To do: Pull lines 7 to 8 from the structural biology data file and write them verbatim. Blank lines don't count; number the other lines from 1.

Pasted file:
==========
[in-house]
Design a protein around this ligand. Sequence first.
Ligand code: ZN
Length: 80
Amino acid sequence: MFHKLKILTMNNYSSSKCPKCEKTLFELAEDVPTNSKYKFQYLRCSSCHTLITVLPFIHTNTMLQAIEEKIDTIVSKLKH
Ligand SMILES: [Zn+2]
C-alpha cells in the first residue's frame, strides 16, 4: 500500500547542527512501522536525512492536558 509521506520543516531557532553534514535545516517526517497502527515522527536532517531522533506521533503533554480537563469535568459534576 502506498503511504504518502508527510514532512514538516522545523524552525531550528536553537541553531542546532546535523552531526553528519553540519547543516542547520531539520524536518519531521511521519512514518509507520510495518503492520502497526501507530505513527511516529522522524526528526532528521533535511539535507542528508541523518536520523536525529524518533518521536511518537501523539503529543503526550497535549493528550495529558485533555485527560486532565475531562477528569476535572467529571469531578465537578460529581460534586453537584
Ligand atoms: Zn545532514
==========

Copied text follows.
C-alpha cells in the first residue's frame, strides 16, 4: 500500500547542527512501522536525512492536558 509521506520543516531557532553534514535545516517526517497502527515522527536532517531522533506521533503533554480537563469535568459534576 502506498503511504504518502508527510514532512514538516522545523524552525531550528536553537541553531542546532546535523552531526553528519553540519547543516542547520531539520524536518519531521511521519512514518509507520510495518503492520502497526501507530505513527511516529522522524526528526532528521533535511539535507542528508541523518536520523536525529524518533518521536511518537501523539503529543503526550497535549493528550495529558485533555485527560486532565475531562477528569476535572467529571469531578465537578460529581460534586453537584
Ligand atoms: Zn545532514